(CNN) -- David Bartal is a journalist who grew up in Los Angeles and moved to Sweden after marrying a Swedish woman. He has lived in Stockholm for more than 20 years and writes the blog "Cool Stockholm," which looks at the hottest trends in the Swedish capital.
Blogger David Bartal describes Stockholm as "progressive, quite tolerant, somewhat reserved and beautiful."
CNN: What is your favorite thing about Stockholm?
David Bartal: Nature is close and accessible. Even if you live in the middle of the city you can get to a forest in a short time, but you still have that big-city feeling.
CNN: Swedes have a reputation as being cold or hard to get to know -- is that fair?
DB: I wouldn't say they're cold, but they are shy. People aren't especially keen to talk to strangers -- they can do quite nicely without them.
People are a bit more reserved than in the U.S., which may not be a bad thing, but if you take the initiative they may be delighted to get to know you and become good friends. And no people are entirely homogenous. There are lots of extrovert, crazy Swedes -- and many of them are my friends.
CNN: What is Stockholm like in the winter?
DB: Between December and March the winter can get a bit long. It's not the cold as much as the dark -- it can make people glum. In the winter, the sun sets at four o'clock, but in summer you get incredibly long, beautiful days. It's one of the most beautiful cities on earth and it's fun to be here in the summertime.
CNN: What do Stockholmers like to do in the summer?
DB: In the summertime many will go to their country houses, they want to get out of the city. If they have a boat they want to be on the boat.
In early August there are crayfish parties. People get together in groups and put on conical hats and paper napkins and eat crayfish, drink hard liquor and sing drinking songs. I've become quite assimilated, but not assimilated enough for crayfish parties! Foreigners just shake their heads in wonder.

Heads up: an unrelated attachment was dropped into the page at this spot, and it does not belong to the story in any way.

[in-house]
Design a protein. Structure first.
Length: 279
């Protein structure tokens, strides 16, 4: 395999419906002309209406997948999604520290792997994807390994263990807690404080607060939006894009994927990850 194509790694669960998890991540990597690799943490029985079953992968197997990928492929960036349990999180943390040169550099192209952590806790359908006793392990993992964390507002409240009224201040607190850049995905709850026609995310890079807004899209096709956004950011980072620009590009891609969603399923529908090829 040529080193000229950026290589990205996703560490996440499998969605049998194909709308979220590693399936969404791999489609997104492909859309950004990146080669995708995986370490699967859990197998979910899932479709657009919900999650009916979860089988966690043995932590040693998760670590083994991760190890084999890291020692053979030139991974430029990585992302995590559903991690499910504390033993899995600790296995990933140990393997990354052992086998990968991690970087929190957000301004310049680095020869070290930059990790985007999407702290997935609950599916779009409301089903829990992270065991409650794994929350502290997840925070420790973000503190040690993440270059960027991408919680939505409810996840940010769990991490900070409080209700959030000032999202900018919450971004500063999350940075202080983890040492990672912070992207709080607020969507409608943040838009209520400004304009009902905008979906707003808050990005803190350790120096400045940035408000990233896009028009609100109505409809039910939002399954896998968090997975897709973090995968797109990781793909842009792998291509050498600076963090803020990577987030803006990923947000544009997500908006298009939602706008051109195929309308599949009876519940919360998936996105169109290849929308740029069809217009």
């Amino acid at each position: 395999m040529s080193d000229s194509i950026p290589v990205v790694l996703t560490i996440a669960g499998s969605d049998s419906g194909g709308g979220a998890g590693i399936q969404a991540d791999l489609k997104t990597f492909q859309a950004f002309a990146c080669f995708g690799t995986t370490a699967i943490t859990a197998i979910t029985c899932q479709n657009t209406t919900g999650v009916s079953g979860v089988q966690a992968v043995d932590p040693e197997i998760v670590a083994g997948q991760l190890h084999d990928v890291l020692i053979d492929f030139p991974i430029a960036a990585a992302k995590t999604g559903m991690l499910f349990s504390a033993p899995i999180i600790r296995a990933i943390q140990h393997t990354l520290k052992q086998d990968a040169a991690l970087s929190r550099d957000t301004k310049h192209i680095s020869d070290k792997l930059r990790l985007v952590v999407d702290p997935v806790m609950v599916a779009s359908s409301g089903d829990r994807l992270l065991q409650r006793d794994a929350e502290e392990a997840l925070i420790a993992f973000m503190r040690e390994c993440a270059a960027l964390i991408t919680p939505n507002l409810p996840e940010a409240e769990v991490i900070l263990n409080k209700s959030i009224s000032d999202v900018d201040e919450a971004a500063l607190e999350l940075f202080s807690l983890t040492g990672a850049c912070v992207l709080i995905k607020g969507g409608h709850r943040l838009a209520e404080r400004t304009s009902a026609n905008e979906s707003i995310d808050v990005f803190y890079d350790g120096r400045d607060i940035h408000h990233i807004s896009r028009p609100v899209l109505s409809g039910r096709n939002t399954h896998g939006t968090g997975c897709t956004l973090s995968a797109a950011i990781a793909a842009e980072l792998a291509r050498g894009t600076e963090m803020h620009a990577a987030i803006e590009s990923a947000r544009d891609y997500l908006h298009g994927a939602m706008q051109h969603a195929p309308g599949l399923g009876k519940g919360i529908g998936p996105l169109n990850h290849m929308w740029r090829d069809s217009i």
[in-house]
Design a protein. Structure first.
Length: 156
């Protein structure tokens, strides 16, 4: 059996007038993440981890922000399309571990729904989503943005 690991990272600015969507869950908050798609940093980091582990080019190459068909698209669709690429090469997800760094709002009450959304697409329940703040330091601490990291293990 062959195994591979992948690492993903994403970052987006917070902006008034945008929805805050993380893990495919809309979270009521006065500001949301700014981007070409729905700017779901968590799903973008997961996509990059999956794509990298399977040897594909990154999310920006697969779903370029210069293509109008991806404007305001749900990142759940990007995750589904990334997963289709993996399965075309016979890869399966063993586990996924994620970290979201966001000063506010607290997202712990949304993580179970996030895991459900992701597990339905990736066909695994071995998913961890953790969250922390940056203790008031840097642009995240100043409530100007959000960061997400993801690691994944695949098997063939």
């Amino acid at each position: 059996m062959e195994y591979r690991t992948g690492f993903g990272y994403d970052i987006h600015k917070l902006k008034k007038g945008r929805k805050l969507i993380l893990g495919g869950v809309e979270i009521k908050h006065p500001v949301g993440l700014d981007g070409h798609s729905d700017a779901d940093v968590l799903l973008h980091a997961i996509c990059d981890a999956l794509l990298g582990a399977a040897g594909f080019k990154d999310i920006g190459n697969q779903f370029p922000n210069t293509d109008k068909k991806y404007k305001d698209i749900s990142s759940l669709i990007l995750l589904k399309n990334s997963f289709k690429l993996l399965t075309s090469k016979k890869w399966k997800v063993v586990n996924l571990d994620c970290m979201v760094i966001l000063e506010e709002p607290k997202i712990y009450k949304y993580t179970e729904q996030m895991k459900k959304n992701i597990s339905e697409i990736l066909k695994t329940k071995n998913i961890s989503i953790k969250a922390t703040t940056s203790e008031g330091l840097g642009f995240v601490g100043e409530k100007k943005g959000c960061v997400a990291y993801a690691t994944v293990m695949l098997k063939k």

CNN: What areas are good for nightlife?
DB: There are two options: Stureplan has glitzy clubs and fancy restaurants. Party people might typically start their evening at the "little bar" at Riche, which has good DJs and attracts an arty crowd, then shift to Berns at midnight for flirting and dancing, and if they know the doorman or are feeling lucky, party in the early hours at celebrity hot-spot Spy Bar.
There's also an area on the south side, mainly up on Mosebacke. It's funkier, a little more bohemian and a little more mellow, with clubs and music venues.
You have to trudge up a steep cobble-stone street to get to the top of Mosebacke, but it's worth the climb. The view of the city at night is amazing and there are some cool nightspots. One of them is Kägelbanan (which means bowling hall). I danced my socks off not long ago there to some high-energy Turkish pop.
CNN: Sweden is known for its design -- are Stockholmers a fashionable bunch?
DB: They are fashion conscious -- people follow trends quite slavishly. This season men are wearing red pants and women are wearing gladiator sandals -- it's almost mandatory.
CNN: What are the latest trends in the city?
DB: There's a lot of variety in coffee shops that didn't exist previously. There are imitation New York coffee shops, but there is also some innovation. Ljunggren Cafe, on the south side of town, is very designed. It has low, gray couches spread over a large area creating a very social environment; it's great for people watching.
Also, when it comes to coffee shops I recommend Vete-katten at Kungsgatan 55. It's authentic and retro, furnished like your great-aunt's parlor. They make a delicious open-faced shrimp sandwich and awesome pastries.
CNN: If Stockholm were a person, what would he or she be like?
DB: Progressive, quite tolerant, somewhat reserved, and beautiful.